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This article was written by HVAC / Furnace technician Benoît Mongeau. Thank you Ben.


 

 

High efficiency (or 90%, or condensing) furnaces use a set of two heat exchangers in order to retrieve more heat from the combustion products than their mid-efficiency counterparts.  Because of this, they generate flue gases much colder than those of a mid-efficiency or natural draft unit.  This not only completely changes the way the furnace has to be vented (I will talk about venting specifically in a later tip) but also, and it’s what we’ll focus on, a lot of condensates is generated.  This water comes from two sources:  moisture which was already present in the combustion air, and the combustion process itself, as the hydrogen atoms from the natural gas molecules (methane, CH4) combine with oxygen to form water. Now as technicians you don’t need to know this part but if you’re a bit into chemistry, here’s the basic chemical equation:

 

CH4 + 2 O2 + heat = CO2 + 2 H2O

 

This means that in perfect combustion, for every molecule of CO2 you produce, there are also 2 water molecules produced. This adds up to a lot of water vapor.

 

In order for the furnace to work properly, that condensation needs to be drained out or else it would accumulate inside the heat exchanger, inducer and venting, impeding proper gas/combustion product flow.  Most furnaces will have at least 2 internal drains, typically one for the heat exchanger and one for the vent, usually at the inducer outlet or on the inducer housing.

 

The secondary heat exchanger outlet is sealed inside a plastic part called the collector box, which is designed to collect the condensate and drain it out.

 

All condensate drains go into a trap.  The condensate trap is absolutely mandatory for a high-efficiency gas furnace.  Since the drain taps into the exhaust system, leaving it open to the air would allow for a potential exhaust/flue gas leak in the living space, which is a big no-no.  Additionally, the inducer motor would suck air through the drain if it weren’t trapped, which could affect combustion, and would prevent proper drainage.  Keep that in mind, because if you ever add an extra drain (off a tee on the venting, for example), you will need to TRAP it, always.

 

The only downside to the trap is potential for blockage.  The trap needs to be cleaned out regularly, and that should be done every maintenance.  Rinse it out, make sure water flows through the trap properly from all its ports.  If there’s any poor flow, fill it up and blow through it a few times to get the dirt out.  Hotter water helps for stubborn blockages.  The need for regular cleaning also means that drains should be installed as much as possible in a way that allows for the trap to be easily removed.  I highly recommend using clamped flexible hoses for the drain, as close as possible to the trap.  Avoid hard-piping the whole drain, as it will be impossible to remove and clean out the trap.

 

To ensure proper drainage, here are the proper practices:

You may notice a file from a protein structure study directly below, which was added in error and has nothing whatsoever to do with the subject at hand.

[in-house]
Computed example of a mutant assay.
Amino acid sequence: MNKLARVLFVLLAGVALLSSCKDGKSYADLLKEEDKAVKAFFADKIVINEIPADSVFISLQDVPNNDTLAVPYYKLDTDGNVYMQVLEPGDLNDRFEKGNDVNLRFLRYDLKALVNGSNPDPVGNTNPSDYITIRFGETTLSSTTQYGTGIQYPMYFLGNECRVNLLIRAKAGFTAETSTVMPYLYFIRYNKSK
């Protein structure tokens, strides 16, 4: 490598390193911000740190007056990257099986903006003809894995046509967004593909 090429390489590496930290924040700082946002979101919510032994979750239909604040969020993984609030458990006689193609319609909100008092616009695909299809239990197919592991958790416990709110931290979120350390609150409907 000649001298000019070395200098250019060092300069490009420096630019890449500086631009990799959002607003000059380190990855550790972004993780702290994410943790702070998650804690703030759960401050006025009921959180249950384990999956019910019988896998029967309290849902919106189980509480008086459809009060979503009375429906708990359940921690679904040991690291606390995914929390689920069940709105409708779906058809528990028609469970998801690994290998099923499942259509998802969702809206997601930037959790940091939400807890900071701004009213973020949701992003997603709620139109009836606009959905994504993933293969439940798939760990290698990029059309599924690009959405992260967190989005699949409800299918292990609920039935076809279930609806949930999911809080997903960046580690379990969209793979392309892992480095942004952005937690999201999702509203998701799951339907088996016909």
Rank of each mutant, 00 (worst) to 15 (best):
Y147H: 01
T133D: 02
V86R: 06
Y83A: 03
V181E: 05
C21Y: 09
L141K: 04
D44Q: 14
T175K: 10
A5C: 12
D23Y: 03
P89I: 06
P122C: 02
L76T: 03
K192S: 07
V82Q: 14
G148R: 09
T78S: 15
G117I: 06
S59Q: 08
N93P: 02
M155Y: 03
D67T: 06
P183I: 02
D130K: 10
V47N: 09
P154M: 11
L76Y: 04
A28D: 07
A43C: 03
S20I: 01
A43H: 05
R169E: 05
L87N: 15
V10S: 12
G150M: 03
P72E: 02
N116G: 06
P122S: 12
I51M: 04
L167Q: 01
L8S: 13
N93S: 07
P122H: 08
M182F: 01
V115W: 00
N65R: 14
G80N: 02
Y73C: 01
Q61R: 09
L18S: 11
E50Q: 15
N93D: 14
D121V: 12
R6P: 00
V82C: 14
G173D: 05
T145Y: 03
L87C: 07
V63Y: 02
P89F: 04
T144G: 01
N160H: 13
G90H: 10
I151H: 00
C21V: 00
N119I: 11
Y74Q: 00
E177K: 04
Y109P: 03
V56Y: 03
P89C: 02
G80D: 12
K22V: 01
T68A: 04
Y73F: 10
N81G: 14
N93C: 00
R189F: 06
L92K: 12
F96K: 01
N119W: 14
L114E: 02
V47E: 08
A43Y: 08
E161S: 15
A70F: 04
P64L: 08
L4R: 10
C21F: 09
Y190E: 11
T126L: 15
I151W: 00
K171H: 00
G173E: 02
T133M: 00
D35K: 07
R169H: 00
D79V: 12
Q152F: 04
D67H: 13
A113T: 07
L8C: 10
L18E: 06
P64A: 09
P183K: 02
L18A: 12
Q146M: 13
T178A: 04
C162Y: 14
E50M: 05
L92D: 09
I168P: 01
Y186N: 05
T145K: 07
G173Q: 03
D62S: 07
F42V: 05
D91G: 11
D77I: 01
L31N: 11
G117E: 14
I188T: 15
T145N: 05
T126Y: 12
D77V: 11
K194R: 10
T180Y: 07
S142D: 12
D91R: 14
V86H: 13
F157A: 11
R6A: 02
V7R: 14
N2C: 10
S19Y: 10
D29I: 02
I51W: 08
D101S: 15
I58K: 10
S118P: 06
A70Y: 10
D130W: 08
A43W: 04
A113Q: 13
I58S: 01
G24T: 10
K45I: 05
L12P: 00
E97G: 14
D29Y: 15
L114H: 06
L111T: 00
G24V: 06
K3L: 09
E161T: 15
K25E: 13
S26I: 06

-Make sure every component that produces condensate is sloped towards the drain.  That means slope the venting down towards the furnace (typically a ¼’’ slope per foot of length, minimum), and also, slope the furnace itself!  Look in your install manual, most manufacturers will call for the furnace to be installed with a slight forward pitch to allow condensate to drain from the heat exchanger.

-Slope the drain line itself, obviously.  Avoid double trapping and vent the drain after the trap to prevent airlocks

-Avoid running the drain in an area where it could freeze.  That includes running it under the natural fresh air inlet if there is one.  

 

Finally, note that furnace condensate is acidic, and some states/provinces/countries may require the condensate to be neutralized prior to draining.

— Ben

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Whenever there is a conversation where “code” is involved, it’s important to mention that codes can vary depending on the AHJ or authority having jurisdiction. It’s becoming more common that governments lean heavily on the ICC (International Code Council) and in the case of HVAC/R that is the IMC (International mechanical code) and in the case of fire protection and electrical codes the NFPA (National Fire Protection Association) has become the authority for codes and standards in the US.

So what is the purpose of duct smoke detectors?

NFPA 90A, 2012, A.6.4 makes this pretty clear by stating

“Protection provided by the installation of smoke detectors and other related requirements is intended to prevent the distribution of smoke through the supply air duct system and, preferably, to exhaust a significant quantity of smoke to the outside. Neither function, however, will guarantee either early detection of fire or the detection of smoke concentrations before dangerous smoke conditions if the smoke movement is other than through the supply air system.”

In other words, duct smoke detectors are there to keep units from circulating smoke in the space and when possible to send it outside. They aren’t there as a replacement for space smoke detectors.

When do they need to be installed? 

Both NFPA 90 and IMC 606.2.1 state similar things that can be summarized and paraphrased as “If the duct system is designed for more than 2000 CFM the system must have a duct smoke detector installed” and “If the duct system is designed for  more than 15,000 CFM one in the return and supply is required.”

NFPA 90 states that the smoke detector should be installed in the SUPPLY after 2000 CFM and IMC 606.2.1 says the RETURN. This means that it up to the AHJ to decide which standard they follow.

NFPA 90A also states “where an approved fire alarm system is installed in a building, the duct smoke detectors shall be connected to the fire alarm system.”